The more episodes of alcohol withdrawal you experience, the more sensitive your brain becomes to detoxification. 

This hyperexcitability of your brain is what causes alcohol withdrawal symptoms. Symptoms of kindling can be very dangerous, especially in cases of acute withdrawal (cold turkey).

Going cold turkey from an alcohol or drug dependence causes your brain to scramble for equilibrium. It can take days and weeks before your brain returns to normal activity. 

The most effective way to dampen your brain’s response when abruptly stopping drugs or alcohol is to slow it down with the use of approved pharmaceutical medications. In many instances of drug and alcohol detox, this usually involves some form of short-term use of a benzodiazepine.

How The Kindling Effect Impacts Drug and Alcohol Detox

In terms of safe detoxification from alcohol and drugs, the kindling effect presents a very serious problem. You may think that because you have safely detoxed many times before that, radical methods of stopping alcohol involving cold turkey won’t pose a problem. The reality can be very different.

Even if you have never previously had a seizure or delirium tremens during alcohol detox, the kindling effect increases the likelihood of it happening. Moreover, it’s not only alcohol that can cause the kindling effect to develop. Abusing any Central Nervous System depressant, such as opioids or benzodiazepines, can cause the kindling effect to occur. 

Examples of Prescription Drugs  That Can Cause The Kindling Effect include:

Non-benzodiazepines, Sedative Hypnotics, Opioids, Benzodiazepines and Barbiturates are all CNS depressant medications. These medications have a moderate potential for abuse and are controlled prescription drugs. CNS depressant medications are often prescribed for the treatment of conditions such as sleep disorders and anxiety. They are also commonly abused by those with a substance use disorder (SUD) and, in slang terms, are known as ‘Downers’ on the street.

Central Nervous System depressants work by increasing the amount of gamma-aminobutyric acid (GABA) in the brain. This chemical slows down the brain and calms overactivity. 

When GABA in your brain is increased, you will feel more drowsy and relaxed, which is often the desired effect of such drugs. However, when exposure is repeated often, your brain starts to fight against these effects. This overactivity of the brain can lead to tolerance and dependence, which can occur if they are continuously taken for more than a few weeks.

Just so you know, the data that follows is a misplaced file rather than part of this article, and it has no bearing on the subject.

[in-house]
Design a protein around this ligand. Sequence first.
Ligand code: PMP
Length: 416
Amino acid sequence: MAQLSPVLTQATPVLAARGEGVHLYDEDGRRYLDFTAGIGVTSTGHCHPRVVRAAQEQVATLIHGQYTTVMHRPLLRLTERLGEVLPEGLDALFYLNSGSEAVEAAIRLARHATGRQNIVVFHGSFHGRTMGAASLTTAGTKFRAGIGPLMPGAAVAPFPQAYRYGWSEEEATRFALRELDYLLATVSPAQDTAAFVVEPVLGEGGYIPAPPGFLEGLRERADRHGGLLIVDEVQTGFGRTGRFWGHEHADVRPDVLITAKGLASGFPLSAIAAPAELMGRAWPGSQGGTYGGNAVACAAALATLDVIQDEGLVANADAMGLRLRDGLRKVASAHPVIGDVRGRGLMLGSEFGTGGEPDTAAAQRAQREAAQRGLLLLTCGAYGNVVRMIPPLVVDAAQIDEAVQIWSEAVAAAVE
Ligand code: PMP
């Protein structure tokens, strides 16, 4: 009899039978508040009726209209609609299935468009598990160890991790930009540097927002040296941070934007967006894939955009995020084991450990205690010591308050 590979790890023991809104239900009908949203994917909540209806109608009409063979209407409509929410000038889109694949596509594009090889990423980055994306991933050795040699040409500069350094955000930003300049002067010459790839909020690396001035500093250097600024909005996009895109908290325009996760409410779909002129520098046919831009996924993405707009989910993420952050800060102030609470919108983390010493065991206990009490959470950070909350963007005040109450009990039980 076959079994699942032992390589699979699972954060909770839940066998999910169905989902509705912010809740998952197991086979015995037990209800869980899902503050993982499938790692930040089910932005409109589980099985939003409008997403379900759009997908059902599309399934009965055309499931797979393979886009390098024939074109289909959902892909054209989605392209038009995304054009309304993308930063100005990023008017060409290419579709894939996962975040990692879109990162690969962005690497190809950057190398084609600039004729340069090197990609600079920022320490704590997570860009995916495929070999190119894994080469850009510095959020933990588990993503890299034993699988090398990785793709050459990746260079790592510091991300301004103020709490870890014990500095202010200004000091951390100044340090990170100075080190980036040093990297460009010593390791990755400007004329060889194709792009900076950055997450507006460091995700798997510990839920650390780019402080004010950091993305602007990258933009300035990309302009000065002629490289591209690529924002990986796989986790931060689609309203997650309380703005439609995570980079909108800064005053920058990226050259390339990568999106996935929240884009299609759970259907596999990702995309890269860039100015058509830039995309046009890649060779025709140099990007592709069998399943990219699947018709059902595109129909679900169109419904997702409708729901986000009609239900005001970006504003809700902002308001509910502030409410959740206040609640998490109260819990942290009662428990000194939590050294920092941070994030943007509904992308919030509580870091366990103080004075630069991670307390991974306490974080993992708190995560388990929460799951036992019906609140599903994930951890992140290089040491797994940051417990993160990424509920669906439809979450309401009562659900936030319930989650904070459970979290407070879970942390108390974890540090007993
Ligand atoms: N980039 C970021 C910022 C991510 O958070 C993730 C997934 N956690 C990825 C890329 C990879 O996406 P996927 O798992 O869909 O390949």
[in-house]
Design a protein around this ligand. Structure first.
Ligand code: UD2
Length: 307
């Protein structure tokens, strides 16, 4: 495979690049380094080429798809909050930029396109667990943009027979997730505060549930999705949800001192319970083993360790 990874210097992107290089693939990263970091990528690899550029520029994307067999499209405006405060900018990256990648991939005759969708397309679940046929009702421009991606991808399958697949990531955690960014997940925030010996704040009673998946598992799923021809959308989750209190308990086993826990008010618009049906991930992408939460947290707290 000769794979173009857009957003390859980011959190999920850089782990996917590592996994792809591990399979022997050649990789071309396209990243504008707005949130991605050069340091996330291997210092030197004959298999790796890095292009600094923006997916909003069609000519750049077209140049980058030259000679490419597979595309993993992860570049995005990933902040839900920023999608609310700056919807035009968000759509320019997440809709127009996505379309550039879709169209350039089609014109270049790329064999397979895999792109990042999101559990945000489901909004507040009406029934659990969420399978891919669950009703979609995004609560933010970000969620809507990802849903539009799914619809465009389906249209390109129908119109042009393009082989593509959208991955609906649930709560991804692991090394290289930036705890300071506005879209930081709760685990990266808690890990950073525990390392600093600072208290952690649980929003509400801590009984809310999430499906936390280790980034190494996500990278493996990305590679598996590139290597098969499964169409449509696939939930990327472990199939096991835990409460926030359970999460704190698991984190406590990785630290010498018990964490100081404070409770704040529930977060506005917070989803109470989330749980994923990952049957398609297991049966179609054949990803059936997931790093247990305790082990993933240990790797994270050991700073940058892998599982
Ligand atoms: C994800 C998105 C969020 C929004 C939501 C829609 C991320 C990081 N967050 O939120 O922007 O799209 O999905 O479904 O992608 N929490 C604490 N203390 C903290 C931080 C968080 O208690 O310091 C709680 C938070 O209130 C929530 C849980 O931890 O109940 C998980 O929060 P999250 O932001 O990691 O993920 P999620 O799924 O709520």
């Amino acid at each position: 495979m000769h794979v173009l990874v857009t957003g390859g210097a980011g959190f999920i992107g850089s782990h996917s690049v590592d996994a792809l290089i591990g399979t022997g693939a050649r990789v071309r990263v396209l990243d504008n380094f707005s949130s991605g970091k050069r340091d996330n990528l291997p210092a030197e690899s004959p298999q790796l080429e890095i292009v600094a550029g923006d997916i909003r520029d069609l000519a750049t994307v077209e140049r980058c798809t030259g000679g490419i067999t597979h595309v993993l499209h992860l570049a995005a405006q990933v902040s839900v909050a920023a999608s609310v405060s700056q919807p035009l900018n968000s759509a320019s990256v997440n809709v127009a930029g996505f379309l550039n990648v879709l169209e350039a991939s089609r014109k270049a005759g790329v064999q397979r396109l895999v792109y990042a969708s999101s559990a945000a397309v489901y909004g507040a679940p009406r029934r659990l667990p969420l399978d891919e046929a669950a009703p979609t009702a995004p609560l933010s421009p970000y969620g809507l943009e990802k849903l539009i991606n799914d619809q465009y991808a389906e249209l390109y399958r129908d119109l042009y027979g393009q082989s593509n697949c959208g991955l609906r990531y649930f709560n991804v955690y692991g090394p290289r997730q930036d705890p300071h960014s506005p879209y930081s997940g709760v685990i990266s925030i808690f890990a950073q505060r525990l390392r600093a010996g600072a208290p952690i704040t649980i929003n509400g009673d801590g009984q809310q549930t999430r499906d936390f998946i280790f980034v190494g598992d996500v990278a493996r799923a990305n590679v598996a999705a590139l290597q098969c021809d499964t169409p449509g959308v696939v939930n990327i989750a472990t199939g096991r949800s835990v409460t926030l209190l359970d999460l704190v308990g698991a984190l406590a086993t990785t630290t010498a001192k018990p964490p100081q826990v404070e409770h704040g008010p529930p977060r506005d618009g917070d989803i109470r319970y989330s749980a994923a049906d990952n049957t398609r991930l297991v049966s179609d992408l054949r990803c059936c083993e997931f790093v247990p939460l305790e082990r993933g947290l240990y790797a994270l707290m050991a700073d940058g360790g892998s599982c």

Clinical recommendations for prescribing state that CNS depressant medications should only be prescribed for short-term treatment in most cases. This is to keep patients safe from addiction and from becoming dependent. 

Who is At Risk of The Kindling Effect?

Those who suffer from addiction (a substance use disorder at the most severe end of the spectrum) are most likely to experience the kindling effect.  This happens because their brain has been exposed to multiple episodes of relapse and detox.

One of the defining characteristics of addiction is repeated relapse. Even when a person really wants to stop substance use forever, long-lasting changes in the brain make this extremely difficult to accomplish.

People who frequently binge on alcohol and drugs also go through many periods of heavy use followed by a period of abstinence. Similar to those who suffer from drug or alcohol dependence, binge drinkers can also develop changes to their brain neurotransmitter systems. These changes happen as a result of increased sensitisation during periods of exposure and withdrawal. 

It is important to note that kindling withdrawal can also happen during drug and alcohol use, not just within a premeditated detox or withdrawal. When a person’s intoxication level falls below what their brain has adjusted to, symptoms of kindling show up as withdrawal symptoms. 

Can it be reversed?

The kindling effect cannot be reversed but symptoms can be treated with approved detox medications. Support groups, therapy and appropriate medical monitoring are often vital components of treatment. 

The best way to treat the effects of kindling is through increased awareness of withdrawal, detox drugs and bespoke tapering regimes. All treatments should be adapted to a person’s individual withdrawal severity.

Stopping The Cycle of Relapse & Withdrawal

If you are someone who suffers from a substance use disorder, accessing the correct treatment can help you recover and prevent future episodes of relapse and withdrawal.

Therapy, rehabilitation programmes and relapse prevention are all evidence-based methods that are recommended in the treatment of drug and alcohol addiction.

Monitoring withdrawal symptoms and preventing them from spiralling is a very important aspect of treatment. Not only will this keep you safe, but also increase your chances of success, as well as prevent further over-sensitivity in the brain.